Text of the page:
Tuesday, February 12, 2013

Devices for Detecting Pathogens in Food on the Production Line

CIC microGUNE is developing the PREDETEC project, which aims to produce sensors capable of locating infectious agents in food, thanks to the application of new strategies using ultrasensitive detection.

The food we ingest is one of the paths by which agents capable of producing illnesses are introduced into our organism. Suffice a few examples to understand the repercussion of this type of pathogen: Salmonella is the most prevalent infectious agent in the EU, with more than 40 cases for every 100,000 inhabitants, Campylobacter is the prime cause of diarrhoea in developed countries and Escherichia coli was the cause of the epidemic outbreak which caused 32 deaths in Germany last year and sparked the so-called ‘gherkin crisis’.

Despite greater control, the risks associated with food pathogens are on the increase, and so it is of vital importance to certify that the food that is produced does not contain infectious elements. Precisely with this intention of finding a response to this challenge, the Basque CIC microGUNE cooperative research centre is developing new rapid diagnosis tools aimed at discovering possible pathogens present in food, within the remit of the PREDETEC project.

The objective of the project is to incorporate all the technology necessary to analyse the food sample into a single device and to detect possible pathogens present in situ rapidly and easily. The first results obtained have optimised the research within the remit of other projects financed by the Basque Government with 1.5 million euros. “We are seeking to create a low-cost technology made from disposable materials and that can be applied to food production lines, for example, without the need to transport the sample to a laboratory”, explained Mr. Sergio Arana, one of the lead researchers of the project.

Prototype in 2013

The project is currently at the stage of seeking funding to enable the development of a prototype. It is anticipated that this prototype will be ready by the end of this year (2013), in order to undergo trials in 2014. In accord with programme planning drawn up by the centre, the production stage will be in 2015.

The tools being designed in the PREDETEC project are based on new ultrasensitive detection strategies that have arisen from state-of-the-art diagnosis technologies. Concretely, the techniques being explored at CIC microGUNE are based on, on the one hand, the technique of electrochemical detection incorporated into a Lab-On-a-Chip.

On the other hand, and in a complementary manner, progress is being made in the use of localised surface plasmon resonance, an optical technique based on the study of light transmission through small apertures on a scale of a few hundred nanometres. This novel procedure is capable of discovering very tiny quantities of the element to be detected in the sample.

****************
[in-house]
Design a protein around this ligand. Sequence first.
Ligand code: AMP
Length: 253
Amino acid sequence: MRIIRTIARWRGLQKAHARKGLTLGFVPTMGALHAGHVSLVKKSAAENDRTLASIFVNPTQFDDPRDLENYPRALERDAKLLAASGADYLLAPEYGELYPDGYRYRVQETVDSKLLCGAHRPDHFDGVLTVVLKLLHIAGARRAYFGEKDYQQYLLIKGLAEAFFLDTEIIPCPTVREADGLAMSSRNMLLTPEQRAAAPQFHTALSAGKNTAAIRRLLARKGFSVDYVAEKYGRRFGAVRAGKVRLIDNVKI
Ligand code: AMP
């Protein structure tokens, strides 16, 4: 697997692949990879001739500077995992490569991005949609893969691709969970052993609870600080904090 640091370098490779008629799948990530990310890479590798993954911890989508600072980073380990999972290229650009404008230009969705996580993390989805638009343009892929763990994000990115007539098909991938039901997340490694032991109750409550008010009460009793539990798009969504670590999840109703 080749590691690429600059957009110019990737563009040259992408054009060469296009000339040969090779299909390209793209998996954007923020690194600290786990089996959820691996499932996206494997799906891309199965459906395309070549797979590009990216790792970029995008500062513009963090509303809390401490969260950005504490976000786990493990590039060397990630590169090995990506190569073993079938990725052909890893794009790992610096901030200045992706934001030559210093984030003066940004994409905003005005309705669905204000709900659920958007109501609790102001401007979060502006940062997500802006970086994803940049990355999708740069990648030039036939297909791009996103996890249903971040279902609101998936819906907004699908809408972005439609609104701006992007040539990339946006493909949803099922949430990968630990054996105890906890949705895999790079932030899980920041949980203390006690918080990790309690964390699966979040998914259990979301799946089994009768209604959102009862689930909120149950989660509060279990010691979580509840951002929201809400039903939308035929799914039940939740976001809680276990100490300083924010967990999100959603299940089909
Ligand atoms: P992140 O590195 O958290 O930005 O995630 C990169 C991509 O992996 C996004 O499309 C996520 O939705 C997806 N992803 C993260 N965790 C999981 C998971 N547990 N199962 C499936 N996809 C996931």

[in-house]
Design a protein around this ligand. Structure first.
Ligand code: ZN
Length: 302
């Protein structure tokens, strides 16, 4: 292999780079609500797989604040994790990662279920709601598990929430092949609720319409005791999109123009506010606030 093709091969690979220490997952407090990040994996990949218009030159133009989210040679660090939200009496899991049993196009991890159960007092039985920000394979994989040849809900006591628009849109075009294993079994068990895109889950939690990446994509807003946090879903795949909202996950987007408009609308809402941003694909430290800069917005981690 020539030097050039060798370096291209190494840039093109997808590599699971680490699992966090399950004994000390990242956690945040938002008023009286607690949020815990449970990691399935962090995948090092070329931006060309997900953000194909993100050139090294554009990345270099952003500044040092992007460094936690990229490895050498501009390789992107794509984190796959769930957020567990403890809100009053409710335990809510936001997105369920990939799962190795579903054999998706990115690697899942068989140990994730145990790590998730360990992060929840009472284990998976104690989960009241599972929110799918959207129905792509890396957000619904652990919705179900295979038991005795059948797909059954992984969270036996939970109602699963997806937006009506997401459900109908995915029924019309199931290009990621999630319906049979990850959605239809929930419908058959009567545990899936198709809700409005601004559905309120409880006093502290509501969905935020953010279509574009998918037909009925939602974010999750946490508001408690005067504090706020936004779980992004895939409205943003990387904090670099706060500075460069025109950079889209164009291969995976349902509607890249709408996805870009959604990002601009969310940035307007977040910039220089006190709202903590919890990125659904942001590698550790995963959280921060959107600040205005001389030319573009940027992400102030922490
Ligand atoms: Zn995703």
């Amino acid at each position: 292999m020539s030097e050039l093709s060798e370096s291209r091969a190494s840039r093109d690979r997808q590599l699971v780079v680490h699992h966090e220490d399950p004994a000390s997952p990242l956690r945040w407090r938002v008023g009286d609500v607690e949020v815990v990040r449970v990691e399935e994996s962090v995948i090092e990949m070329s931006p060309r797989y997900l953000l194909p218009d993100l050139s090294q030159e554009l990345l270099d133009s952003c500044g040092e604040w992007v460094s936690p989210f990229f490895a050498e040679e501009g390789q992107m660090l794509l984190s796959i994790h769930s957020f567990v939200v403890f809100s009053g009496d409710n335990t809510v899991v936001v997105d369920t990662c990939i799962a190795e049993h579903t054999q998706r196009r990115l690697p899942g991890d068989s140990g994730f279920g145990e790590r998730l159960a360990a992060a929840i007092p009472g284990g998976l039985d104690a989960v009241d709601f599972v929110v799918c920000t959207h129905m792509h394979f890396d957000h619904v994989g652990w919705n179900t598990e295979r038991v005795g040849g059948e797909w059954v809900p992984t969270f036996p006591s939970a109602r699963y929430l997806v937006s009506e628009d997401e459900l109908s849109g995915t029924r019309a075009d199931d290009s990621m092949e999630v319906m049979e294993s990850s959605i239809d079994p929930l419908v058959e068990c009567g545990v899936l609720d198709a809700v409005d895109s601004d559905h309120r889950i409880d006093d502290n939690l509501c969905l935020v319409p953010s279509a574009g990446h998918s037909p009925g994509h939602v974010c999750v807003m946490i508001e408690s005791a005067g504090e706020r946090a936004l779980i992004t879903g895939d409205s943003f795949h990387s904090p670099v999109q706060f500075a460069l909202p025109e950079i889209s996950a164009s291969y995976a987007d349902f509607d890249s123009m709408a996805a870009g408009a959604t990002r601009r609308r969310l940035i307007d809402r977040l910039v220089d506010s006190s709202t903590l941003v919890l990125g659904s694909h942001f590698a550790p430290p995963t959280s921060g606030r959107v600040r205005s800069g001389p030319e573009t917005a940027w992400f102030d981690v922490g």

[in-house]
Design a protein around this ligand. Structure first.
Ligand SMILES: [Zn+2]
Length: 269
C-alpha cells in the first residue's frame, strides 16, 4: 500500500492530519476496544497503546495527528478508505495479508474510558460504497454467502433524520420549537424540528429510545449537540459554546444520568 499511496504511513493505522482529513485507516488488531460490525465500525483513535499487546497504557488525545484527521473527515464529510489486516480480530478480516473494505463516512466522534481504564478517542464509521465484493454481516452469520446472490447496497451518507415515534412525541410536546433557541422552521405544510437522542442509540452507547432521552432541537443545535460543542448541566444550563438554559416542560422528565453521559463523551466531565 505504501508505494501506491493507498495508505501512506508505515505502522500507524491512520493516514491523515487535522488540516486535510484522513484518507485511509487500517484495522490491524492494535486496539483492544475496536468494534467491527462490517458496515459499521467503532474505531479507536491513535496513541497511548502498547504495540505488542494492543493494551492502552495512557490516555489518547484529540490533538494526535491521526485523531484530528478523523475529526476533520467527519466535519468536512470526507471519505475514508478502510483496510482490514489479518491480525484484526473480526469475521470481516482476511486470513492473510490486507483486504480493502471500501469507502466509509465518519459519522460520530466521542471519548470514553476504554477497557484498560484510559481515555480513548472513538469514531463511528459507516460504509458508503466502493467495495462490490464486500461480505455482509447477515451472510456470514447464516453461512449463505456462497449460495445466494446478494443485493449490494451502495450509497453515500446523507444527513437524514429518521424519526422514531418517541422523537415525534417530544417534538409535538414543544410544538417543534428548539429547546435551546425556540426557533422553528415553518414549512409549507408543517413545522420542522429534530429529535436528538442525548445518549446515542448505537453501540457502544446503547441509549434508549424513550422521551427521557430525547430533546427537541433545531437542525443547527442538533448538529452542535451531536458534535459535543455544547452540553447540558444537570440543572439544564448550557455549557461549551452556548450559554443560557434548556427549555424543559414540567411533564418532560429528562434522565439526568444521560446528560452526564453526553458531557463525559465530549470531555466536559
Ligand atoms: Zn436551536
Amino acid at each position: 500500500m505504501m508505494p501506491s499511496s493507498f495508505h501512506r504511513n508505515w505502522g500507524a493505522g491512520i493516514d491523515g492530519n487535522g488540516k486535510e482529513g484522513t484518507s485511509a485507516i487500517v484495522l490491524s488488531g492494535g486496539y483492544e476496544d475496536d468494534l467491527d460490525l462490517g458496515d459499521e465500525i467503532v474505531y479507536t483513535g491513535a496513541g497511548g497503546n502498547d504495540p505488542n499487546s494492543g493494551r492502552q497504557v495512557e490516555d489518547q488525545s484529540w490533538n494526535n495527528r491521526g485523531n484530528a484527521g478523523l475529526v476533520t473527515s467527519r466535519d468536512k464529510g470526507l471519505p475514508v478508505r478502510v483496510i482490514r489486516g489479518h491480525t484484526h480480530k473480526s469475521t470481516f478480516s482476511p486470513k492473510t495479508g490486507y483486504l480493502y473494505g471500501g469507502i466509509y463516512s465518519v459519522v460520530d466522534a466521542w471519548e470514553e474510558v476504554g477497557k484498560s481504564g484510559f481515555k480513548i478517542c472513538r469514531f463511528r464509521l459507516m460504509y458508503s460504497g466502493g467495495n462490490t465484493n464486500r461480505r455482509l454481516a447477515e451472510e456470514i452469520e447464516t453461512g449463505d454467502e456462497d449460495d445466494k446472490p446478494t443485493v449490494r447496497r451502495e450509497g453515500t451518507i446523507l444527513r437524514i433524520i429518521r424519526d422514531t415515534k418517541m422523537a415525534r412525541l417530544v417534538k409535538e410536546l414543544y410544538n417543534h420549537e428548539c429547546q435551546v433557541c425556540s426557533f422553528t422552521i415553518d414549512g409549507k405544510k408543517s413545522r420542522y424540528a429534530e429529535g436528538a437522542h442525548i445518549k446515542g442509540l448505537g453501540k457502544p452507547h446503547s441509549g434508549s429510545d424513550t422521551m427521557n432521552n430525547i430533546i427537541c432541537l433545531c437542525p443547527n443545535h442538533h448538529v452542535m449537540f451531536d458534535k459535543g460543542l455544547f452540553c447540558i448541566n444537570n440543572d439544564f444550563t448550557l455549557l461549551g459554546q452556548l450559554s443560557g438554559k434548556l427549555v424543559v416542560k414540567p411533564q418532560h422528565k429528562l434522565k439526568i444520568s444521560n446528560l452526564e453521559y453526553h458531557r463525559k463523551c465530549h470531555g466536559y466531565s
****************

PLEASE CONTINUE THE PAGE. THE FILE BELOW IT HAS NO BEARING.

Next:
The combination of the most advanced techniques in biosensorisation, together with microfluidic structures for managing the samples, will give rise to a device capable of detecting the pathogen and typifying it. That is, not only will it identify the presence of Campylobacter in the sample analysed, but will also specify the strain (Campylobacter jejuni, for example).

From amongst the pathogens commonly detected in the food sector, CIC microGUNE has targeted precisely the Campylobacter jejuni strain for their laboratory trials. However, adapting the device to locate other pathogenic strains such as Salmonella or Escherichia coli is envisaged. Moreover, given that the device designed at CIC microGUNE is an open platform, implementing corresponding adaptations could also act to detect viruses. This would give it great use in animal husbandry, providing the possibility of on-the-spot analysis of animal fluids.

Benefits of the device

Achieving greater efficiency in the control of health parameters in foodstuffs is increasingly necessary because, despite controls in the production and distribution stages of the food sector, there are a number of factors giving rise to an increase in the propagation risk of food pathogens.

Amongst these, intensive methods of food production have to be cited, as well as the ongoing growth in industrial food products and which moves the world of commerce, and the increasing distances for transport of food and storage times thereof, together with the increase in human mobility. It should be highlighted that the use of this system, still at the development stage, will have a clear social impact in enhancing food safety, given that it will greatly facilitate locating points of contamination. This advance will also contribute to reducing health costs arising from outbreaks of food poisoning, due to its preventative nature. Thanks to the mentioned capacity of the device to typify the

pathogen, the generation of resistance to antibiotics in the infectious agents will be avoided. “Given that the type of agent infecting the animals in a herd is discovered within a very short space of time and with precision; for example, these animals can be quickly administered the antibiotic specific to combat this infection, and not another”, clarified Mr Jesús Ruano, another of the project’s leading researchers.

The launching of PREDETEC is a clear advance in rapid diagnosis devices, a field in which CIC microGUNE has been working in recent years, having built up a reputation and a proven leadership in large-scale European projects such as Optolabcard, Portfastflu and Labonfoil.


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